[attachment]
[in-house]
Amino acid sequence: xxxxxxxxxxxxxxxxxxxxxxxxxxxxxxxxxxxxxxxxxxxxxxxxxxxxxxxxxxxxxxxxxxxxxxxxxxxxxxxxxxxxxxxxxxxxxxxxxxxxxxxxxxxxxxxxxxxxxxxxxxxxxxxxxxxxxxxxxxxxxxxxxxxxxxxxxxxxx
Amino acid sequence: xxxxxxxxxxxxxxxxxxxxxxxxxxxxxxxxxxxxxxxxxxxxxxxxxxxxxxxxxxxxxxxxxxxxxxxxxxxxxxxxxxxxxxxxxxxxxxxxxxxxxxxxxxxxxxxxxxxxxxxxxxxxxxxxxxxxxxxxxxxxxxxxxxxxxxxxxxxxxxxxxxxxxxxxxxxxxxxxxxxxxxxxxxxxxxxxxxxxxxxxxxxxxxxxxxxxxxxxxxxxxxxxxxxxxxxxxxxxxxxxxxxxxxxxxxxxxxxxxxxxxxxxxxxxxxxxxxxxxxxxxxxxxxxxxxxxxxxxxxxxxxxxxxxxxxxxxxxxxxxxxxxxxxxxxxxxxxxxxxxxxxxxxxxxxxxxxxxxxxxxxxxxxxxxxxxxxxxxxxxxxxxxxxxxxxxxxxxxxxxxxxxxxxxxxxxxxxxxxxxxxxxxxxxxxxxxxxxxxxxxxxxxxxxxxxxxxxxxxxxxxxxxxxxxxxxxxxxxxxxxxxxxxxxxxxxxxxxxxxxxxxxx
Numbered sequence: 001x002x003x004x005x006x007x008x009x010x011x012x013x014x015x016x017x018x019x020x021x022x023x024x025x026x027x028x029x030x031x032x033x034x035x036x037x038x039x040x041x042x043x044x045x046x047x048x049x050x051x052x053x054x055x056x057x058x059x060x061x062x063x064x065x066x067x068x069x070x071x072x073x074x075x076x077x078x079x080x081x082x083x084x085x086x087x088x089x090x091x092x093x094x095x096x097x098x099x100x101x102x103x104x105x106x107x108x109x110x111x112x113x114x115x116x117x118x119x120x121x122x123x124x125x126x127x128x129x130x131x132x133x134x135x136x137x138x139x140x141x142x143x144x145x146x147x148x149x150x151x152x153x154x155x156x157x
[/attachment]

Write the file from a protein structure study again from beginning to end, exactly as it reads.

[in-house]
Amino acid sequence: xxxxxxxxxxxxxxxxxxxxxxxxxxxxxxxxxxxxxxxxxxxxxxxxxxxxxxxxxxxxxxxxxxxxxxxxxxxxxxxxxxxxxxxxxxxxxxxxxxxxxxxxxxxxxxxxxxxxxxxxxxxxxxxxxxxxxxxxxxxxxxxxxxxxxxxxxxxxx
Amino acid sequence: xxxxxxxxxxxxxxxxxxxxxxxxxxxxxxxxxxxxxxxxxxxxxxxxxxxxxxxxxxxxxxxxxxxxxxxxxxxxxxxxxxxxxxxxxxxxxxxxxxxxxxxxxxxxxxxxxxxxxxxxxxxxxxxxxxxxxxxxxxxxxxxxxxxxxxxxxxxxxxxxxxxxxxxxxxxxxxxxxxxxxxxxxxxxxxxxxxxxxxxxxxxxxxxxxxxxxxxxxxxxxxxxxxxxxxxxxxxxxxxxxxxxxxxxxxxxxxxxxxxxxxxxxxxxxxxxxxxxxxxxxxxxxxxxxxxxxxxxxxxxxxxxxxxxxxxxxxxxxxxxxxxxxxxxxxxxxxxxxxxxxxxxxxxxxxxxxxxxxxxxxxxxxxxxxxxxxxxxxxxxxxxxxxxxxxxxxxxxxxxxxxxxxxxxxxxxxxxxxxxxxxxxxxxxxxxxxxxxxxxxxxxxxxxxxxxxxxxxxxxxxxxxxxxxxxxxxxxxxxxxxxxxxxxxxxxxxxxxxxxxxxxx
Numbered sequence: 001x002x003x004x005x006x007x008x009x010x011x012x013x014x015x016x017x018x019x020x021x022x023x024x025x026x027x028x029x030x031x032x033x034x035x036x037x038x039x040x041x042x043x044x045x046x047x048x049x050x051x052x053x054x055x056x057x058x059x060x061x062x063x064x065x066x067x068x069x070x071x072x073x074x075x076x077x078x079x080x081x082x083x084x085x086x087x088x089x090x091x092x093x094x095x096x097x098x099x100x101x102x103x104x105x106x107x108x109x110x111x112x113x114x115x116x117x118x119x120x121x122x123x124x125x126x127x128x129x130x131x132x133x134x135x136x137x138x139x140x141x142x143x144x145x146x147x148x149x150x151x152x153x154x155x156x157x